I have a question on prime zeta function approximations

Have you encountered in the math literature one that resembles the following

Thanks,

Catalin

I’d like to thank you for always correcting the mistakes that I may find. I’ve witnessed that occasionally, people react very reluctantly to corrections of all sorts, but I found that those who are the best in their subject will include corrections, because no-one can hurt their scientific reputation.

]]>H(n) = + n/(ß^2+0.25) – sum_(k=1)^n (2*sum_(j=k+1)^n (k^(-1/2)*j^(-1/2)*cos(ß*ln(k/j))))

for those of you that like WolframAlfa, you can try this approximation (for a very low n=20 as WolframAlfa does not want to work for higher values on n):

1) for ß=14.134725, n=20

****** 20/(ß^2+0.25)-H(20) = 20/(ß^2+0.25)-sum_(k-1)^n (1/k) = -3.49776

****** sum_(k=1)^n (2*sum_(j=k+1)^n (k^(-1/2)*j^(-1/2)*cos(ß*ln(k/j)))) = -3.491098

1) for ß=37.586178, n=20

***** 20/(ß^2+0.25)-H(20) = 20/(ß^2+0.25)-sum_(k-1)^n (1/k) = -3.58359

***** sum_(k=1)^n (2*sum_(j=k+1)^n (k^(-1/2)*j^(-1/2)*cos(ß*ln(k/j)))) = -3.57838

with n>500, the error is less than 0.0001.

You can see more results at:

https://drive.google.com/open?id=1t2k690rHr0zes5YrS1dvF7ZWFP1PxEEx

]]>X(n) = n/(ß^2+(1-α)^2)) for α=1/2

O(n) = ∑(k=1)^n ∑(j≠k)^n (k^(-1/2)*j^(-1/2)*cos(ß*(ln(k/j))

H(n) = ∑(k=1)^n (1/k)

Then:

H(n) = X(n) – O(n) for all z*=1/2+ßi non-trivial zero of zeta

This is easily to see graphically as H(n)+O(n) = X(n) is a straight line as n->infinity, and actually it happens very quickly after n>100. You can see that at:

https://drive.google.com/open?id=1c–u6CJR2Rj4p8YmSteaYbWdNTaztdvS

For values of α 1/2, H(n)+O(n) is always a curve, some examples:

https://drive.google.com/open?id=1zHy-C3UM89IRK5Q4SQiCszx_-VeD3T1M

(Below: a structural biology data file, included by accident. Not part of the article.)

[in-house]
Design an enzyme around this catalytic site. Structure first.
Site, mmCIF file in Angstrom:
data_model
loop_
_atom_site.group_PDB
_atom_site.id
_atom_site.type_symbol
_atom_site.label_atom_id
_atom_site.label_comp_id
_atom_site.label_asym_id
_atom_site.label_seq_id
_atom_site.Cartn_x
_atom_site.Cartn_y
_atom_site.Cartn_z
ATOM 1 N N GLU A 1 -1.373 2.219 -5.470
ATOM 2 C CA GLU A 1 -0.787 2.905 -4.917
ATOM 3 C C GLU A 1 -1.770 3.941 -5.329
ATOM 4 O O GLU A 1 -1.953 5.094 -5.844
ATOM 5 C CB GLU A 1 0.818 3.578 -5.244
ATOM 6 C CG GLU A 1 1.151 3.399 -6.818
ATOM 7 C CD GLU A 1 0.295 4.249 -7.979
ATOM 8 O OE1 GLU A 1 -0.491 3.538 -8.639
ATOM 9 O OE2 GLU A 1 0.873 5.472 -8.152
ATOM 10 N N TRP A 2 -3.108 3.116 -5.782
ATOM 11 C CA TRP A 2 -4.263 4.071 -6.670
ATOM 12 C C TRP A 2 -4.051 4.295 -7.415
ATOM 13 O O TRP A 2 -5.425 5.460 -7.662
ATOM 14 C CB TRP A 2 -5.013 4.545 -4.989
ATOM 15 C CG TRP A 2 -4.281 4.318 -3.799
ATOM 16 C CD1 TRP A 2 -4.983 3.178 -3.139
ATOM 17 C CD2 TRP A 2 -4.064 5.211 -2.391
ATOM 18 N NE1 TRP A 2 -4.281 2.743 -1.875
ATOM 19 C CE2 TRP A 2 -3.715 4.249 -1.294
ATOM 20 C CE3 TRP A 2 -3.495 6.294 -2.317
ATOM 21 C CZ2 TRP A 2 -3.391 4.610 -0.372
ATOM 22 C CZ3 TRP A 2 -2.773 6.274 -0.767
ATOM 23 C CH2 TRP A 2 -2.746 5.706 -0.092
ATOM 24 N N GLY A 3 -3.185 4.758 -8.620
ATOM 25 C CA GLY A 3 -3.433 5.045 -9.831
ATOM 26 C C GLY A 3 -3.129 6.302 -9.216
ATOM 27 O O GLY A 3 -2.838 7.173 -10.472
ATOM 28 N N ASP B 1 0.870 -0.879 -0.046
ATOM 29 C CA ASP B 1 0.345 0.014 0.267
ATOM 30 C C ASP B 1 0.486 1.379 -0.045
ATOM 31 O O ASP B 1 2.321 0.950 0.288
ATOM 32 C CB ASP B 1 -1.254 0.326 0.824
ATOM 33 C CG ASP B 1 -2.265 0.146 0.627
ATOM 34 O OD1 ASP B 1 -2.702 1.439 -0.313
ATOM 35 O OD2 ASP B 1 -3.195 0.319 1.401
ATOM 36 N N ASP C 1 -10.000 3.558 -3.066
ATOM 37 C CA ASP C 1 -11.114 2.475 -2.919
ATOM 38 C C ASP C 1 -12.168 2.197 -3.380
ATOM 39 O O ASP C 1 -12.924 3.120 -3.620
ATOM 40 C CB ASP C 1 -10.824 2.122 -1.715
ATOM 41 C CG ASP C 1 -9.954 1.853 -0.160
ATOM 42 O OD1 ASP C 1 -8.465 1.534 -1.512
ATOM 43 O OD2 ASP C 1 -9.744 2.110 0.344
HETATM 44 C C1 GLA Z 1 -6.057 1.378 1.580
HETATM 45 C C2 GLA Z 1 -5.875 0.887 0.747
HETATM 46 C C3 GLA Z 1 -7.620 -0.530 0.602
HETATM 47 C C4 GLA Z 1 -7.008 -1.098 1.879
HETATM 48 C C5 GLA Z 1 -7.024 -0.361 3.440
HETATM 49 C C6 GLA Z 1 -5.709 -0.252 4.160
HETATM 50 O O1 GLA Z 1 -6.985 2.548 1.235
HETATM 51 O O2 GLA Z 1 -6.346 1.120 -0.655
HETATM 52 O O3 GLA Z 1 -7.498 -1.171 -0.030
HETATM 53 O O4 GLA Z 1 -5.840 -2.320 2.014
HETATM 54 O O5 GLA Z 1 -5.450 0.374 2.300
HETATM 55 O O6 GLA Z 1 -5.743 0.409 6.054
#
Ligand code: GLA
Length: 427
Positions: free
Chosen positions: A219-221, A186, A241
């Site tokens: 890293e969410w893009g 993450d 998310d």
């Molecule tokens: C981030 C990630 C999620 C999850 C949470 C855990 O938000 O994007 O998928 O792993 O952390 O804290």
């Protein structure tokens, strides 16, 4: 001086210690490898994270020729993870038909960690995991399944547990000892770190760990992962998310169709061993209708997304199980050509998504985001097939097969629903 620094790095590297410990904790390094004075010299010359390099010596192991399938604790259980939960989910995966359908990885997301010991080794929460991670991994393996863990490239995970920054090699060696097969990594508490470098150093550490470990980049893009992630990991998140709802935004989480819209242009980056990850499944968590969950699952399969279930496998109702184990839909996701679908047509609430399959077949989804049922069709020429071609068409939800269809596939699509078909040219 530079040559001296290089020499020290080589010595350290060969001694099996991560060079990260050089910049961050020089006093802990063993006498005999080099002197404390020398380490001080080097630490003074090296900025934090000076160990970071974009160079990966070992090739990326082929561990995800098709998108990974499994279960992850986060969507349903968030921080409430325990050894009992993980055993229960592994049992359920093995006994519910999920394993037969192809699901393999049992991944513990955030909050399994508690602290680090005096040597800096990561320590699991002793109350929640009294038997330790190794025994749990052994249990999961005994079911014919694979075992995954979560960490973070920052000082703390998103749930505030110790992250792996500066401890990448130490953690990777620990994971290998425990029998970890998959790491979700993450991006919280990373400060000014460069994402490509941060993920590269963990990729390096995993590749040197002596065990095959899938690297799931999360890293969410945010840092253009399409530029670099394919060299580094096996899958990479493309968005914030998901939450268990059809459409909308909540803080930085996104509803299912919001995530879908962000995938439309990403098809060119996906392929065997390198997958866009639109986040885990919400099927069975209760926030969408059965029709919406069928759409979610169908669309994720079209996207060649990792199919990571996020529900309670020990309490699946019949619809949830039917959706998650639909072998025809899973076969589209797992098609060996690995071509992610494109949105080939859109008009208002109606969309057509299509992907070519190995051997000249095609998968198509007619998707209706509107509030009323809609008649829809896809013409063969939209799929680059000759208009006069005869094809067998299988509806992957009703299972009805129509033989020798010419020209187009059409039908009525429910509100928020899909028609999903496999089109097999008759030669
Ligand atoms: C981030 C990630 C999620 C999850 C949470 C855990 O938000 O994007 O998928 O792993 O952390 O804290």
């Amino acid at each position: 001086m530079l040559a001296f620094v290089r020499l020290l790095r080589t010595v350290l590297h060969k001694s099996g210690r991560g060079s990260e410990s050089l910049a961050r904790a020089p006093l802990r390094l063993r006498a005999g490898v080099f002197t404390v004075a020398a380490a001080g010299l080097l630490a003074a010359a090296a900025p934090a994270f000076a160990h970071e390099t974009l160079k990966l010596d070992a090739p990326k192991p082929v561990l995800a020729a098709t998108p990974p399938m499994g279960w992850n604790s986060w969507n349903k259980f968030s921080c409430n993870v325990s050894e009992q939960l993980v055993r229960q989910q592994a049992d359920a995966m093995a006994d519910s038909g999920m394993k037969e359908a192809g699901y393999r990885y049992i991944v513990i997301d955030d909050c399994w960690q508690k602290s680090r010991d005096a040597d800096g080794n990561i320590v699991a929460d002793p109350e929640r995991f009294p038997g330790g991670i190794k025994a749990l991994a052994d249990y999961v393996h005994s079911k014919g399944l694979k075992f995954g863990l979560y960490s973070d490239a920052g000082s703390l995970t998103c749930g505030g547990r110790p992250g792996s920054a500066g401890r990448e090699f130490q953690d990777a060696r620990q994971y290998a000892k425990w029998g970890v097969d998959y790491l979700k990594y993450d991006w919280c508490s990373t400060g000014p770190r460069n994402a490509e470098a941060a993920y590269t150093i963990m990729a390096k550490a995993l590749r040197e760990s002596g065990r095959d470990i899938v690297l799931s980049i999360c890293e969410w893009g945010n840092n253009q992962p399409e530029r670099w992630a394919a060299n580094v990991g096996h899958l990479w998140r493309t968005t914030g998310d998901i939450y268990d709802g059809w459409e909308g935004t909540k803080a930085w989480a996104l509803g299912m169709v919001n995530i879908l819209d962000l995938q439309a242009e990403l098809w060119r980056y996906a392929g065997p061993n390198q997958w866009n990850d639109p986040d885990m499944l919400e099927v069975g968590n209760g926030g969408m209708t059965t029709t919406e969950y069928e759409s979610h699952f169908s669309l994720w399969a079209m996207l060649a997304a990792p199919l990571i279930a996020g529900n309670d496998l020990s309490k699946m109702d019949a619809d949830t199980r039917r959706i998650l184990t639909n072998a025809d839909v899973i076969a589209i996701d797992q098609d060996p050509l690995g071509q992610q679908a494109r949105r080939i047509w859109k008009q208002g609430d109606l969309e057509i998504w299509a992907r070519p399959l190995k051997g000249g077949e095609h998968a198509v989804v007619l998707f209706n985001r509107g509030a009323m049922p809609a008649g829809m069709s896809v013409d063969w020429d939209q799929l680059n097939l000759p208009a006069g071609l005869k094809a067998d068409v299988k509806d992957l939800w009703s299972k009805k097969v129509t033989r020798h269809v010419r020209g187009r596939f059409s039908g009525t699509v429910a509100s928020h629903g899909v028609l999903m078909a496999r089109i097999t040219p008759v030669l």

https://drive.google.com/open?id=1x1OlpuDBzvKGeV_CiDgWIZEyZYm1ARoI

It seems like the “music of the primes shuts down at the non-trivial zeros”, the waves become a straight line.

As a corollary, all non-trivial zeros of zeta can be linked algebraically by the following expression.

if z1=1/2+i*ß1 , z2=1/2+i*ß2 are non-trivial zeros, then:

X(n,z) = n/(ß^2+(1-α)^2)

O(n,z) = ∑(k=1)^n ∑(j≠k)^n (k^(-1/2)*j^(-1/2)*cos(ß*(ln(k/j))

then X(n,z1)+O(n,z1) = X(n,z2)+O(n,z2)

I have developed a Python code to find all non-trivial zeros knowing that z1=1/2+14.13472514173469379*I and it works well.

]]>Not quite: if one only has a single pair of zeroes then the two terms in the sum will end up being only and thus negligible compared to the main term (or the existing error term).

However, the Erdos-Selberg proof of the prime number theorem can be interpreted somewhat along these lines, but working with rather than . I discuss this at https://mathoverflow.net/questions/259698/ideas-in-the-elementary-proof-of-the-prime-number-theorem-selberg-erd%C5%91s/259719#259719 .

]]>The natural analogue of a Dirichlet series of an arithmetic function over a p-adic place would be , but this usually diverges for every , so one probably has to work with a hybrid of p-adic places and the place at infinity, e.g.

This generalises the usual Dirichlet series which corresponds to the case . One could also work with multiple primes rather than a single prime, but I think this is already illustrative. For instance, the Dirichlet series of is

One still has good behaviour with respect to Dirichlet convolution:

Presumably, continuous counterparts come from functions on using a two-variable Mellin type transform

but I haven’t computed this carefully to see what it gives as far as heuristic predictions are concerned (presumably it makes predictions for sums like ).

]]>Begin by replacing with where are the usual -adics and defined to the the characteristic function on this set. Define multiplicative convolution by

where denotes the -adic norm with normalization so that and is the multiplicative Haar measure on normalized so that

with denoting the Haar measure on normalized so that has measure 1.

Claim: where for .

This follows from the computation that

for each such that .

Remark: Initially it seemed to me that the condition in the definition of convolution is wrong since it reverses the Archimedean one . However, it makes sense since on the norm is at most one instead of growing on . This also accounts for the minus sign in the definition of .

Carrying on, we define the Mellin type transform as above:

I don’t have the time to follow through at the moment, but this feels like the way forward to me…

]]>- ,
- ,
- and
- the inclusion map

with

- ,
- ,
- and
- the diagonal map

and then define Dirichlet series and Mellin transforms as in the post. One could then take inverse limits (e.g., over powers of ) and work -arithmetically or adelically, but I’m not sure what that would add.

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